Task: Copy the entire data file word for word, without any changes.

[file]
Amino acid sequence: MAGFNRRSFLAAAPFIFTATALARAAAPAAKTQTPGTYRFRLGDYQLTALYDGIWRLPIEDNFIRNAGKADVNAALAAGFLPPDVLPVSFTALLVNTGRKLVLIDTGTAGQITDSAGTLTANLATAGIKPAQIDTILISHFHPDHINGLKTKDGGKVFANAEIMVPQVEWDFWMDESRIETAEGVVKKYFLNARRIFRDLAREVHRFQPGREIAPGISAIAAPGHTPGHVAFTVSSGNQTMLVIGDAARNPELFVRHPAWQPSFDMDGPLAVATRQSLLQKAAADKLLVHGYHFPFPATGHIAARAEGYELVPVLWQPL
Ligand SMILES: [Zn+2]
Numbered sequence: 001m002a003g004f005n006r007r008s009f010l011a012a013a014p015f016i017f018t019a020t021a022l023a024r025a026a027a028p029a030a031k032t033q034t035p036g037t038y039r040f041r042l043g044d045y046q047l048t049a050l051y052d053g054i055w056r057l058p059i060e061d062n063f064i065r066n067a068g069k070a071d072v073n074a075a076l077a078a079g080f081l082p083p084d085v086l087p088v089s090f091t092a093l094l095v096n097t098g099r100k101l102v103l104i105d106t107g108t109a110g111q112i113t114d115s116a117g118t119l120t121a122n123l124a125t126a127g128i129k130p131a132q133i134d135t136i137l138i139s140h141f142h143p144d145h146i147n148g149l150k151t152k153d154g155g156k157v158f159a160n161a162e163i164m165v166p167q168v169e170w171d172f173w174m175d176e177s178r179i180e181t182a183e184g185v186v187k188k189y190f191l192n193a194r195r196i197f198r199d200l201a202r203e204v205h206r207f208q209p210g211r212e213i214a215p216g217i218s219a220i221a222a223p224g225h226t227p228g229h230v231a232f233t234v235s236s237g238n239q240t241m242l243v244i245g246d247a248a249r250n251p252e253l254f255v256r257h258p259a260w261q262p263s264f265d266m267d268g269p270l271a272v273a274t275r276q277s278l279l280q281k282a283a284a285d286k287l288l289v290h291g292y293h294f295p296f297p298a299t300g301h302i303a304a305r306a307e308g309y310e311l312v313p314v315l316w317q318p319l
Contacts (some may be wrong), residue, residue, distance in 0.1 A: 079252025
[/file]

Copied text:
Amino acid sequence: MAGFNRRSFLAAAPFIFTATALARAAAPAAKTQTPGTYRFRLGDYQLTALYDGIWRLPIEDNFIRNAGKADVNAALAAGFLPPDVLPVSFTALLVNTGRKLVLIDTGTAGQITDSAGTLTANLATAGIKPAQIDTILISHFHPDHINGLKTKDGGKVFANAEIMVPQVEWDFWMDESRIETAEGVVKKYFLNARRIFRDLAREVHRFQPGREIAPGISAIAAPGHTPGHVAFTVSSGNQTMLVIGDAARNPELFVRHPAWQPSFDMDGPLAVATRQSLLQKAAADKLLVHGYHFPFPATGHIAARAEGYELVPVLWQPL
Ligand SMILES: [Zn+2]
Numbered sequence: 001m002a003g004f005n006r007r008s009f010l011a012a013a014p015f016i017f018t019a020t021a022l023a024r025a026a027a028p029a030a031k032t033q034t035p036g037t038y039r040f041r042l043g044d045y046q047l048t049a050l051y052d053g054i055w056r057l058p059i060e061d062n063f064i065r066n067a068g069k070a071d072v073n074a075a076l077a078a079g080f081l082p083p084d085v086l087p088v089s090f091t092a093l094l095v096n097t098g099r100k101l102v103l104i105d106t107g108t109a110g111q112i113t114d115s116a117g118t119l120t121a122n123l124a125t126a127g128i129k130p131a132q133i134d135t136i137l138i139s140h141f142h143p144d145h146i147n148g149l150k151t152k153d154g155g156k157v158f159a160n161a162e163i164m165v166p167q168v169e170w171d172f173w174m175d176e177s178r179i180e181t182a183e184g185v186v187k188k189y190f191l192n193a194r195r196i197f198r199d200l201a202r203e204v205h206r207f208q209p210g211r212e213i214a215p216g217i218s219a220i221a222a223p224g225h226t227p228g229h230v231a232f233t234v235s236s237g238n239q240t241m242l243v244i245g246d247a248a249r250n251p252e253l254f255v256r257h258p259a260w261q262p263s264f265d266m267d268g269p270l271a272v273a274t275r276q277s278l279l280q281k282a283a284a285d286k287l288l289v290h291g292y293h294f295p296f297p298a299t300g301h302i303a304a305r306a307e308g309y310e311l312v313p314v315l316w317q318p319l
Contacts (some may be wrong), residue, residue, distance in 0.1 A: 079252025